Thursday, January 11, 2007

"Surge": A troublesome word....

There appears to be a bit of political brouhaha over the term "surge". Why? Because of the power of euphemisms to sway public opinion.

The Democrats prefer the term "escalate", because "escalation" conjures up an association to Vietnam; and the Democrats want to stigmatize Iraq as a Vietnam loss, because they have already decided that we are defeated in Iraq.

The lefties are treating the use of the word "surge" as another Rovian-Orwellian plot device:
We must get ALL on the dem leadership side to use our own vocabulary and diss the rethuglican sound bytes. "Surge?" What the hell is that? I know what it is in a 110 Watt electrical outlet. You want my opinion on a "surge" in military parlance? I have a hunch that even the Generals don't know what it is, but not being a military strategist, (and neither is Reid, or Bush, and especially not the MSM!) show me what it is in detail and I'll give you a response. Otherwise, take two Midol for your "hot flash" and call someone else in the morning.

When ANYONE talks about a "surge:"
Don't answer!
According to this CNN videoclip, the first official use of the word "surge" was by the new Secretary of Defense, Robert Gates. The same day, President Bush was asked by reporters if he supports a "surge". The Wall Street Journal discussed the word choice last Christmas.

Apparently, the President and senior White House officials have been steering away from use of the word (unfortunate, if it's just to appease the lefty critics). And although the Washington Post denies "surge" is part of official military jargon,
"Surge," though, has no real history or meaning as a military construct -- unlike, say, "tank" or "M-16." It doesn't appear in reference books such as the Oxford Companion to Military History, the Encyclopedia of the Vietnam War or the Encyclopedia of the U.S. Military. Nor does it show up in the Department of Defense's official Dictionary of Military and Associated Terms
while escalate is part of the official lexicon, the LA Times has this to say:
Although critics blame pro-war spinmeisters, some military officials say "surge" has long been used in the armed forces to indicate a quick, not necessarily short-term, increase.

Army Chief of Staff Peter J. Schoomaker, for example, used the term in testimony before the House Armed Services Committee in 2003, saying, "Now there is no question that there's parts of Iraq that we need to surge troops into."

In 2004, Gen. John P. Abizaid was quoted by Army Times as saying to a group of senior U.S. commanders, "So you have this notion of using surge forces to deal with specific military problems…. The combination of base forces plus surge forces … is pretty important."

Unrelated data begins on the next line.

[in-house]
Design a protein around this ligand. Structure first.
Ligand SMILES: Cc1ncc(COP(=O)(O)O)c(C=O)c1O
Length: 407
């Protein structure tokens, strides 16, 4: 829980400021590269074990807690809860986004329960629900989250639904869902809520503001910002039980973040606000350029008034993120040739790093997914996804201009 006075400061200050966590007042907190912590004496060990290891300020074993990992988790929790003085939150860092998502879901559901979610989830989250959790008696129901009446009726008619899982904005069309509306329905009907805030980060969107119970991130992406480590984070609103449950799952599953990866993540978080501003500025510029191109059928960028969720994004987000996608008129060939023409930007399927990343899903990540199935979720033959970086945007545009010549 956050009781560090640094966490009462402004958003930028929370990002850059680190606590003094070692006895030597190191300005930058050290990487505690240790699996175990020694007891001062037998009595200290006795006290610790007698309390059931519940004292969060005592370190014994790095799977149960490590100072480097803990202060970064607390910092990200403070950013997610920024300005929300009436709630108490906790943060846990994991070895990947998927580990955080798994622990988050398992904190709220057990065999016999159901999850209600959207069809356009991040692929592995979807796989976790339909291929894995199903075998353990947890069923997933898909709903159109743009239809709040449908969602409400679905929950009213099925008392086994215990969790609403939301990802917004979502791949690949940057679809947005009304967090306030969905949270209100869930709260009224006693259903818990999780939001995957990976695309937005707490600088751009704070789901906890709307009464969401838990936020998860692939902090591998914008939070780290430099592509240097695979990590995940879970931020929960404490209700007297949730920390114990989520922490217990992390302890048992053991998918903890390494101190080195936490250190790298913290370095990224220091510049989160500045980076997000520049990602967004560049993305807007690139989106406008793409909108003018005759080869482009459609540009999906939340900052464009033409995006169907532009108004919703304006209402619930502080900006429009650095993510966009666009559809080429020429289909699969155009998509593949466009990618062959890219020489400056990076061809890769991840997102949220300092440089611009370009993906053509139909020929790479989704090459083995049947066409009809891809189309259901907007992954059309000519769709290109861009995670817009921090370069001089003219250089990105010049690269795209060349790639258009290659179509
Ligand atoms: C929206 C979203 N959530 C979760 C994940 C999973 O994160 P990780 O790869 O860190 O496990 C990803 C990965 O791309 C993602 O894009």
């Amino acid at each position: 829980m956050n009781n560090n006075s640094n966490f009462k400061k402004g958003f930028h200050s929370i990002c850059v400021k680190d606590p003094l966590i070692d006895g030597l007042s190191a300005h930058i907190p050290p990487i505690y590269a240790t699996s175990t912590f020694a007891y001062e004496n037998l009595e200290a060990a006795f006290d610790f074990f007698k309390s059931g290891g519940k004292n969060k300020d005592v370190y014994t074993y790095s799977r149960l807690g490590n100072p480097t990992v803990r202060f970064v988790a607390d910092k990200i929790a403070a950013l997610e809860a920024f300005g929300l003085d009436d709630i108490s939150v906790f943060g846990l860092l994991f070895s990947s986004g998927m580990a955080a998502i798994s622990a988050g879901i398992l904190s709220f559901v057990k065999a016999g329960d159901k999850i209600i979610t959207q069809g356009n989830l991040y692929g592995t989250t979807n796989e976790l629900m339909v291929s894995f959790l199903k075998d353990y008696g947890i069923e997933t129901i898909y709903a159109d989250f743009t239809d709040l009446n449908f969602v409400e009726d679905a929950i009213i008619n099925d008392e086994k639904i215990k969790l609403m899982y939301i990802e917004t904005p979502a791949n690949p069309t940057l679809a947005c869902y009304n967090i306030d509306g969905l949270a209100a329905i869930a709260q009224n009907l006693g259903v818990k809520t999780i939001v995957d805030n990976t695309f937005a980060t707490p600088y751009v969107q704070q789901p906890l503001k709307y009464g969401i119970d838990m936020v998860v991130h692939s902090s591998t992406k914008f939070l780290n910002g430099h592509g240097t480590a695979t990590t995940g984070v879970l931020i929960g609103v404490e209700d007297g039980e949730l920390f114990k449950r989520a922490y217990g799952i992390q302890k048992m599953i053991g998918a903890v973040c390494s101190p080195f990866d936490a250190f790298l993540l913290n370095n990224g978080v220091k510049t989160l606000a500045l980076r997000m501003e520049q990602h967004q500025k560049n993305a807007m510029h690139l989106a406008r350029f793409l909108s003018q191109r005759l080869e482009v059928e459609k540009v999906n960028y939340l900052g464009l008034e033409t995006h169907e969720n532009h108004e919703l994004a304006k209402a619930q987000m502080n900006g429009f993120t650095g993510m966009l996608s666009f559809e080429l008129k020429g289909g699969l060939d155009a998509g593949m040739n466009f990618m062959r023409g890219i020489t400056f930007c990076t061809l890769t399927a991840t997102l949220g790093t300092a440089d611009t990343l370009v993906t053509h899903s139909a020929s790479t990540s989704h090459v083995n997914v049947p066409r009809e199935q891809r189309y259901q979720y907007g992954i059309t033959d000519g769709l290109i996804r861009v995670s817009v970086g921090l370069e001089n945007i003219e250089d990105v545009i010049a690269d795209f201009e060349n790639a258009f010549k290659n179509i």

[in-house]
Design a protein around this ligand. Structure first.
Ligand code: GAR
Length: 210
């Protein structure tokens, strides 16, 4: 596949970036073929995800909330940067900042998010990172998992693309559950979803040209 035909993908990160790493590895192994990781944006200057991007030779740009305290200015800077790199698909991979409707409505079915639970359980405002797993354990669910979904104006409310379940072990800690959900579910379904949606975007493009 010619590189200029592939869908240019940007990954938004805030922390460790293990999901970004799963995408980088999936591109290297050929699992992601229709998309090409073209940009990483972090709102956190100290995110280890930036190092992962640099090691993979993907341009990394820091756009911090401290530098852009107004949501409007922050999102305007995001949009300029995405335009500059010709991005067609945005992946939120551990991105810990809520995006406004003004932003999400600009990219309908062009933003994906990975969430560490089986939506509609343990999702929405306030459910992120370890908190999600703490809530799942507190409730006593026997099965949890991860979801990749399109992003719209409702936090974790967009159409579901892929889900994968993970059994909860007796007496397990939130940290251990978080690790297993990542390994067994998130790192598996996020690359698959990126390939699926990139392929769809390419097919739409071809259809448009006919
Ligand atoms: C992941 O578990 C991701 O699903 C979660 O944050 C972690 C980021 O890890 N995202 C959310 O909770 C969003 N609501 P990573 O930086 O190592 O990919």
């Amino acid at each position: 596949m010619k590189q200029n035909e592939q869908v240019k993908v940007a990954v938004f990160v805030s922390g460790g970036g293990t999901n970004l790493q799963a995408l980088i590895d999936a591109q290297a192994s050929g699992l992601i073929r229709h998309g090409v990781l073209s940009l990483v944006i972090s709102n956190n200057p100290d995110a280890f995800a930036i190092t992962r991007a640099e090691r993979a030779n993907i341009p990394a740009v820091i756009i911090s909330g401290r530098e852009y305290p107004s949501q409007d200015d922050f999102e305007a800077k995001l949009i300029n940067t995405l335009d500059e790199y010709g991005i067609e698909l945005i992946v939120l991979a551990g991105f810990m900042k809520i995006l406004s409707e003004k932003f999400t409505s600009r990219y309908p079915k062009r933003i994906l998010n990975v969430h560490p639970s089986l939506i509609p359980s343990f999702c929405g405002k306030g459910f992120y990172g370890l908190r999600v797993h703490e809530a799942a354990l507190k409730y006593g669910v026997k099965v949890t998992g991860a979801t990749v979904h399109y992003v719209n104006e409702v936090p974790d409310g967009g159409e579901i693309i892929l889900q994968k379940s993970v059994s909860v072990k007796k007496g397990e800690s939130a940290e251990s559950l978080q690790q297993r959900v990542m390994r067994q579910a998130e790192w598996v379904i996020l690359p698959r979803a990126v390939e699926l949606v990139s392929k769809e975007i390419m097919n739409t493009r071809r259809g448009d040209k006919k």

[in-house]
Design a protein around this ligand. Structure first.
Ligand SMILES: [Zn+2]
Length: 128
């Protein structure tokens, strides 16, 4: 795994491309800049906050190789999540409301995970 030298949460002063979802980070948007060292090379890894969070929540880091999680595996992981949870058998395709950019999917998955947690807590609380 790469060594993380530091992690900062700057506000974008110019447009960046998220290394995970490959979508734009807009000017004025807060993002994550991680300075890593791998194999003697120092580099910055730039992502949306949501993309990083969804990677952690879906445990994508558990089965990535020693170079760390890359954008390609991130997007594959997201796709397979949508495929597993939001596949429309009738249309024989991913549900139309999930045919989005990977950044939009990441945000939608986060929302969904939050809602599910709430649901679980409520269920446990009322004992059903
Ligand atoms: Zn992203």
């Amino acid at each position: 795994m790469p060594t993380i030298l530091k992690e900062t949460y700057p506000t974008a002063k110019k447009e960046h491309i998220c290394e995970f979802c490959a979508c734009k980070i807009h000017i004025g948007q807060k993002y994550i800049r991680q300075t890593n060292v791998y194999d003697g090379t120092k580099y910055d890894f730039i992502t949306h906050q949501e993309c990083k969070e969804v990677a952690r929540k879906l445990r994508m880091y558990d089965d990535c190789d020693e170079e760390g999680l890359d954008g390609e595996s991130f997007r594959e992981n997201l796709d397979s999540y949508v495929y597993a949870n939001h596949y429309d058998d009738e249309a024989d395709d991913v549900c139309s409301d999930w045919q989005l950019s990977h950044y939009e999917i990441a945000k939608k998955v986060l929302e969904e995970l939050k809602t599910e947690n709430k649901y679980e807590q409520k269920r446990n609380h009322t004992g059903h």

The anti-war lefties are foaming at the mouth over the use of "surge" by MSM and the Democratic leadership. But MSM just as often frames the debate with euphemisms favored by liberals ( look for articles where the term "progressive" is used in place of "liberal", which has become a dirty word not only in the minds of conservatives, but to many lib- *ahem*- excuse me progressives, themselves).

If "surge" is a loaded word, what do the Rovespeak critics think "escalate" is? what? I'm all for anything that will rally the American people to actually support victory, and increase our public morale. As Tom Rosenstiel, director of the Project for Excellence in Journalism, says in the Washington Post:
"The president and his advisers would be remiss if they didn't come up with a term suited to their new policy. But journalists would be equally remiss if they just thoughtlessly repeated the term without pondering the policy and its implications."
Jane Hamsher cites Brad DeLong in questioning why Keane-Kagan-Kristol's "surge" plan isn't being followed through with 50,000 rather than the 20,000+ mentioned last night.

The surge will involve not only American troops, but Iraqi as well. If most of the 20,000 combat troops are being sent to quell the violence in Baghdad, that's an increase of 150%, given that our current level there is at 13,000. And a troop surge comprises only a part of the New Iraq Strategy, of which Keane-Kagan-Kristol are not the final architects.

The LA Times concludes with this:
Frederick Kagan of conservative think tank the American Enterprise Institute, who is widely credited with helping sell the increase proposal to the White House, was quoted on the blog Media Nation as complaining that reporters were misrepresenting his ideas when they used the word "surge" to imply a short-term commitment.